Outraged Lebanese demand end to anal exams on gay men

  • Published
CinePlaza in Beirut
Image caption,
The police raid on the CinePlaza cinema in Beirut came after a TV report

Gay-rights activists in Lebanon are calling on the authorities to stop performing anal examinations on men suspected of having "sexual intercourse contrary to nature". The BBC's Carine Torbey in Beirut says a recent incident has sparked public outcry.

It started with a raid by police on a cinema in one of the poorest districts of Beirut, following claims on a television show that it was a "gay house".

Thirty-six people were arrested. All of them were subjected to an examination by a doctor at a police station.

The scale of the operation, and the subsequent outcry, brought the issue of such tests to mainstream attention.

"It's the republic of shame," stated the opening line of a scathing introduction to the evening news bulletin on the privately-owned Lebanese Broadcasting Corporation (LBC).

And the indignation was quick to spread.

On Facebook and Twitter and by email, many Lebanese shared clips from the introduction of the bulletin - an indication of the shock caused by the incident.

For the first time, it was not only gay-rights activists who were debating and condemning the practice but mainstream society.

"I'm not someone who supports gay rights but this is extremely disgraceful. What kind of country do we live in," one 40-year old woman said.


Lebanon's Justice Minister, Shakib Qortbawi, was quick to take action.

Image caption,
Dr Hussein Chahrour said the tests proved nothing

"From a humanitarian point of view, this is totally unacceptable," he told the BBC.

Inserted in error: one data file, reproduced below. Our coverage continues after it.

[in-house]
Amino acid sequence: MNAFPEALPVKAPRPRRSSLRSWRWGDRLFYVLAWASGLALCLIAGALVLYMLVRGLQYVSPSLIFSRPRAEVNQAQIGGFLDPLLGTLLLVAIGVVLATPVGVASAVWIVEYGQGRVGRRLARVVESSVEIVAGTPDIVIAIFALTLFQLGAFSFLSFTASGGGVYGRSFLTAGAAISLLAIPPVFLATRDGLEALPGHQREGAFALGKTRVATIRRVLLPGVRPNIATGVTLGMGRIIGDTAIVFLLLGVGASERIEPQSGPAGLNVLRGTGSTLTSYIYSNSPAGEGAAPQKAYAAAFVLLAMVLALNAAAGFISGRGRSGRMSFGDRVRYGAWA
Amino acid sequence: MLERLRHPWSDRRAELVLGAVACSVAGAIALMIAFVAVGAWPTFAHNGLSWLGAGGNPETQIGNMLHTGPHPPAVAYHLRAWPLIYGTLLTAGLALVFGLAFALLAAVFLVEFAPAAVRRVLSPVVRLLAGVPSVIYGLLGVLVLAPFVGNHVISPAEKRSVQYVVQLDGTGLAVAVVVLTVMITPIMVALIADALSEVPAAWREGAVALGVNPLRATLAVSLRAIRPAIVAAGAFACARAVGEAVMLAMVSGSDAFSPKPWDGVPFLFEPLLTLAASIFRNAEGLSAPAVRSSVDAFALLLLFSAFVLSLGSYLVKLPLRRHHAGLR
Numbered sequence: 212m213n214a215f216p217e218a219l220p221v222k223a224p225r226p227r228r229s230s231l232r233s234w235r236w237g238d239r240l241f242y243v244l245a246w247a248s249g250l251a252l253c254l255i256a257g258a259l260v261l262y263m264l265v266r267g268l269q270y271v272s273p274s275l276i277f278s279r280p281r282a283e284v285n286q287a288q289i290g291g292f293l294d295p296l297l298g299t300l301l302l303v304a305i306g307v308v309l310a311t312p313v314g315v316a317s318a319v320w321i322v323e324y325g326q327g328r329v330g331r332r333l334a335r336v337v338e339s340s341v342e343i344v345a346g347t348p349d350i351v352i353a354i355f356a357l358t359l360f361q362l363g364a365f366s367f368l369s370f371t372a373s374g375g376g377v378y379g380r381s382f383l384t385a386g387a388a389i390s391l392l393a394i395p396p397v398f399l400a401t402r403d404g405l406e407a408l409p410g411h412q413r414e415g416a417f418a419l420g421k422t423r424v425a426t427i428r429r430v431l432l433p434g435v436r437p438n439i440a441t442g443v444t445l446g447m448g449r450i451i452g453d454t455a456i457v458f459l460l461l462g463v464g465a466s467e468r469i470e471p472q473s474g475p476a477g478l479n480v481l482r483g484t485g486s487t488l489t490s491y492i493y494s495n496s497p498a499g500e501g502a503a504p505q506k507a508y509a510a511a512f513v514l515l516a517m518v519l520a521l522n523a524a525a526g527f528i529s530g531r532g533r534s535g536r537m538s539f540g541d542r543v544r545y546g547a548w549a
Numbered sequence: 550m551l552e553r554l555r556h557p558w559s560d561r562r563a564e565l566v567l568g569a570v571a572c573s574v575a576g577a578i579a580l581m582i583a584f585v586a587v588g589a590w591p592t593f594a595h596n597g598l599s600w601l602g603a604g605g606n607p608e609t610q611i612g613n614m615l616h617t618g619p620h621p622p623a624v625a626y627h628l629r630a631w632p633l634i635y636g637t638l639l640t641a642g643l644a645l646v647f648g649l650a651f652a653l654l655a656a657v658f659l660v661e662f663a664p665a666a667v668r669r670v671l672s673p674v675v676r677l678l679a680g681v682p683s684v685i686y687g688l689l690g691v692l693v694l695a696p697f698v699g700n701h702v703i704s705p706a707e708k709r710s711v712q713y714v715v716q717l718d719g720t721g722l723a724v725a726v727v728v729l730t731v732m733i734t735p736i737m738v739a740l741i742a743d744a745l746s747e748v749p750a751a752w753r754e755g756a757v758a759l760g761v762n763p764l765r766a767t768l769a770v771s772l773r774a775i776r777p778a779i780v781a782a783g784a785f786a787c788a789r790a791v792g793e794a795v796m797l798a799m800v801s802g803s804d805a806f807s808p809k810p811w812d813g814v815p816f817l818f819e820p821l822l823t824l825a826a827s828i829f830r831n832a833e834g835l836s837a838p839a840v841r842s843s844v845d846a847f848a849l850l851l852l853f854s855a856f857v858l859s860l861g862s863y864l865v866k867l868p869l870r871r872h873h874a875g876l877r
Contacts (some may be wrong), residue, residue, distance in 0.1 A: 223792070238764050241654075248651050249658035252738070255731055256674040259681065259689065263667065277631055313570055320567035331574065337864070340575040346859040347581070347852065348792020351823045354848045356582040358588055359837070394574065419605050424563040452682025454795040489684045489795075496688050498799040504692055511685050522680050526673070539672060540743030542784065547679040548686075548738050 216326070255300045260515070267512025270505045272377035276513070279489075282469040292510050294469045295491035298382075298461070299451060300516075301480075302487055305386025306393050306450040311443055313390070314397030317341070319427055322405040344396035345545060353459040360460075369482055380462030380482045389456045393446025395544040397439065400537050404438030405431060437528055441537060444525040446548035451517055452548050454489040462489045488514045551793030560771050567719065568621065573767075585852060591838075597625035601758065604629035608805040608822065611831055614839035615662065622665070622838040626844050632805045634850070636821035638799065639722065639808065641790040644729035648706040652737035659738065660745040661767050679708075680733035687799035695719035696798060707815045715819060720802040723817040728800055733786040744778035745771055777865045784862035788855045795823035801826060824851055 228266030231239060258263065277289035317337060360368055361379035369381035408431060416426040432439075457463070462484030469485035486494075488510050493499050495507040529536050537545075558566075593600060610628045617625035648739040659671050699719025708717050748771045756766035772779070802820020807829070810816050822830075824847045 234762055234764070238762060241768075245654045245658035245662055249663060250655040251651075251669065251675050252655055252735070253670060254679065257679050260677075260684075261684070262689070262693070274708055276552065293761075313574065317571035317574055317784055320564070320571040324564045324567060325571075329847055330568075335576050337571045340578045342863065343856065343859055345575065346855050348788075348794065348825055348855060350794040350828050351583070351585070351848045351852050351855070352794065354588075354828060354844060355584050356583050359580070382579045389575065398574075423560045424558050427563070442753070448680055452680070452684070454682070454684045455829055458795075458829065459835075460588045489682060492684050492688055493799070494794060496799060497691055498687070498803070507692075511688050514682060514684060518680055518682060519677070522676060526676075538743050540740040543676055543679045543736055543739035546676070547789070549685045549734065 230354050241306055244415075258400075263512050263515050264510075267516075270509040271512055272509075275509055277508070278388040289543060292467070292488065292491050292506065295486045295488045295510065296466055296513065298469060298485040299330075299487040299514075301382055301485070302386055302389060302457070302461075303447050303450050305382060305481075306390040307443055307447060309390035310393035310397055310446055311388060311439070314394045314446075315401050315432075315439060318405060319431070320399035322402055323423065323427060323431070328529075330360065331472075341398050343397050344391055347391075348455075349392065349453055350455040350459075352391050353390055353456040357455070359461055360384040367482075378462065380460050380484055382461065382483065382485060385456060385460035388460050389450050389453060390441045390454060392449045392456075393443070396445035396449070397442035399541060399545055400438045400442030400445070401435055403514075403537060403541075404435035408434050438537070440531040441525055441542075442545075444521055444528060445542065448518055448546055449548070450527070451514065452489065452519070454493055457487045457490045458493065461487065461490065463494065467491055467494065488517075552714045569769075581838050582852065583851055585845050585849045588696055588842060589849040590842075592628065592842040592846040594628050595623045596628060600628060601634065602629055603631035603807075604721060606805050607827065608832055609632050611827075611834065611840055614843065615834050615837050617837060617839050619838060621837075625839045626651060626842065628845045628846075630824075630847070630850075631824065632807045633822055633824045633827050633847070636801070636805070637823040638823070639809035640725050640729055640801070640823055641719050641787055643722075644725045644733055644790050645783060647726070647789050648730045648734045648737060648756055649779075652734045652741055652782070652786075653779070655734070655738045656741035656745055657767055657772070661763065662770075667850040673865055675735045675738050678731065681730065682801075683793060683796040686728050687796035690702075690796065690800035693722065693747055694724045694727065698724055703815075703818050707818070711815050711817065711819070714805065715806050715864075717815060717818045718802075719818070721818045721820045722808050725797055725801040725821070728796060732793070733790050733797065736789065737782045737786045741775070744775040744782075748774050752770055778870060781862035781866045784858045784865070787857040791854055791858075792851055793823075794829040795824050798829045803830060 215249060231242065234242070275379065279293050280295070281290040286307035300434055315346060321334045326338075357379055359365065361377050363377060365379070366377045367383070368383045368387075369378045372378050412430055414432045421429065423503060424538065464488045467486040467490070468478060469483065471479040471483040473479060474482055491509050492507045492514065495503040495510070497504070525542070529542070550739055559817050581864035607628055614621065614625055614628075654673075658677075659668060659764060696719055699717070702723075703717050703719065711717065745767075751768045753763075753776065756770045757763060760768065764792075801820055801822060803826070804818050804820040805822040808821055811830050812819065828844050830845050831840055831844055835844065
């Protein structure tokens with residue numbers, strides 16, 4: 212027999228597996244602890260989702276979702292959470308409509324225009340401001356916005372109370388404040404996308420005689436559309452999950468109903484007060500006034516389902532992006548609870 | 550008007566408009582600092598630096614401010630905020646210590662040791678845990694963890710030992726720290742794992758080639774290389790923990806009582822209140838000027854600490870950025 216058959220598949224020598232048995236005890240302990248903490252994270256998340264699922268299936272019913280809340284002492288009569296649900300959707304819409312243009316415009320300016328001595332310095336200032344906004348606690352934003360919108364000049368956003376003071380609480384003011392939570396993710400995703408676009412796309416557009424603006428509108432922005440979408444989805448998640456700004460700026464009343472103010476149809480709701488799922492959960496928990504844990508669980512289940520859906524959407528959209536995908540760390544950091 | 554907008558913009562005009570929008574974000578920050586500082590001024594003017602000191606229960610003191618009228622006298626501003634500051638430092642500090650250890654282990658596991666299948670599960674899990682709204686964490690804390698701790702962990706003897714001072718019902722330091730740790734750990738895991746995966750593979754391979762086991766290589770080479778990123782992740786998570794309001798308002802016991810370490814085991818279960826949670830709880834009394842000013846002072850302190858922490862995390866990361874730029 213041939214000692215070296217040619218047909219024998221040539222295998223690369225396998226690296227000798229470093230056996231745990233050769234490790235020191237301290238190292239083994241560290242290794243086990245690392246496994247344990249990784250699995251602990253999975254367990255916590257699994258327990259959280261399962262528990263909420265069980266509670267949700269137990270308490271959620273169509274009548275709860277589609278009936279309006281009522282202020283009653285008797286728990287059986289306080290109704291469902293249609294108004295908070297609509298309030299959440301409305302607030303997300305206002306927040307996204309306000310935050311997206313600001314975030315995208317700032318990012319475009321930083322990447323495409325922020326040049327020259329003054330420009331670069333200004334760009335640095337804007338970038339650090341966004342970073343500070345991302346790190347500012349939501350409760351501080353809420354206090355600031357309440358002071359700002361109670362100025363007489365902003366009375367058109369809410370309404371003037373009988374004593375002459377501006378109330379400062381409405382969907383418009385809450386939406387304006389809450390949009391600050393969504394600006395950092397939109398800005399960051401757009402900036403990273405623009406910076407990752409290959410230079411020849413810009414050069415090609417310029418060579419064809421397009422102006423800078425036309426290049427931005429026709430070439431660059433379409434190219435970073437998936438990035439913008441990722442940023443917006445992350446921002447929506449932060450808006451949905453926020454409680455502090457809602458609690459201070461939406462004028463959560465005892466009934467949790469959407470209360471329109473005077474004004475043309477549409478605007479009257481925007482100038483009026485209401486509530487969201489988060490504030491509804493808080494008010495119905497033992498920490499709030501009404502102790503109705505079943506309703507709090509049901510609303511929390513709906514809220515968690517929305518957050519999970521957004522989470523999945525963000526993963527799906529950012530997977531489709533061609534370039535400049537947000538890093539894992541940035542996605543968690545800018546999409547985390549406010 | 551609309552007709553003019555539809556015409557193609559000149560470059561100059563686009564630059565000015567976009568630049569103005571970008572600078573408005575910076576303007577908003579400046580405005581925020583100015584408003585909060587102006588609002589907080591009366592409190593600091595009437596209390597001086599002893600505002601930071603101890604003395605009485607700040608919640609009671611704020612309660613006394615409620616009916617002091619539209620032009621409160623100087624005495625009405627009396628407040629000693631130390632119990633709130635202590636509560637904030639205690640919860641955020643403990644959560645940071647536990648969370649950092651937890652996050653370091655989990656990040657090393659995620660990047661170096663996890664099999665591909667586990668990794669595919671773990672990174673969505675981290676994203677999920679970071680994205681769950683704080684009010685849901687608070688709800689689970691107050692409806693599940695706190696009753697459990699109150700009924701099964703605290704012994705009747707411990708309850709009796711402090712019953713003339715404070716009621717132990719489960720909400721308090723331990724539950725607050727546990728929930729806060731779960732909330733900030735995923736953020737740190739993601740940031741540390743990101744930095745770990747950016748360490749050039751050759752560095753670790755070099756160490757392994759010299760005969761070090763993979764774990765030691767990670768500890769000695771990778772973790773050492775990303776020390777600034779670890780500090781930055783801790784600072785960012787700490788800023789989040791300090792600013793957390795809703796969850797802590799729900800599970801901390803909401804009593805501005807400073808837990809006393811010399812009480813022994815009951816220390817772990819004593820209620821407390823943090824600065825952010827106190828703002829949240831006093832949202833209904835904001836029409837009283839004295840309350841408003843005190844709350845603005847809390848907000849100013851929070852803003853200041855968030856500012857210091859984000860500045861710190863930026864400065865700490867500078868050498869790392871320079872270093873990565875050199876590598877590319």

"Immediately after I saw the TV report, I sent the prosecutor-general a letter asking for clarifications. And later on, the prosecutor-general issued himself a memorandum."

The memorandum is vaguely written but appears to call for restraint in the application of the tests.

The move was met with a great deal of scepticism by the country's gay community, which demands nothing less than a total ban of the tests.

Helem, a lesbian, gay, bisexual, and transgender (LGBT) group, is stepping up the pressure and calling for a demonstration in protest against the tests.

'Against nature'

There is no law that criminalises homosexuality in Lebanon. But people can be charged under Article 534 of the Lebanese Penal Code, which penalises "sexual intercourse contrary to nature" - specifically sexual intercourse that includes anal penetration - with a maximum of one year in prison.

Examination results have been used as evidence to charge people with having illegal intercourse, despite the fact that many doctors who undertake the exams are not convinced at all that they hold any medical or scientific weight.

Dr Hussein Chahrour, head of the Lebanese Association for Forensic Science, has been conducting examinations since the 1990s.

Without hesitation he told the BBC: "These tests prove absolutely nothing. Their scientific value is nil, particularly because they are visual consultations - the doctor takes a look at the rectum of the arrested person and writes his report."

Asked why he carried out such examinations, Dr Chahrour replied with an air of resignation: "I just implement the orders of the office of the prosecutor-general."


For the gay community in Lebanon, the message is clear.

"It's rape by doctors upon the request of the prosecutor-general," said Charbel al-Maydaa from Helem. "This is another homophobic practice aimed at intimidating the gay community in Lebanon."

"It also runs against the principle of the presumption of innocence accorded to the accused person. Here they're trying to prove his culpability rather than his innocence," he added.

Mr Qortbawi is also adamant that the tests are bad practice.

A veteran lawyer, he is proud of his record in defending human rights in Lebanon and appears to be satisfied with his role in issuing of the memorandum.

But what about Article 534 of the penal code?

"That's a completely different issue," Mr Qortbawi insisted. "The law is a mirror of society. And I think we still need a lot of time before we get that far."

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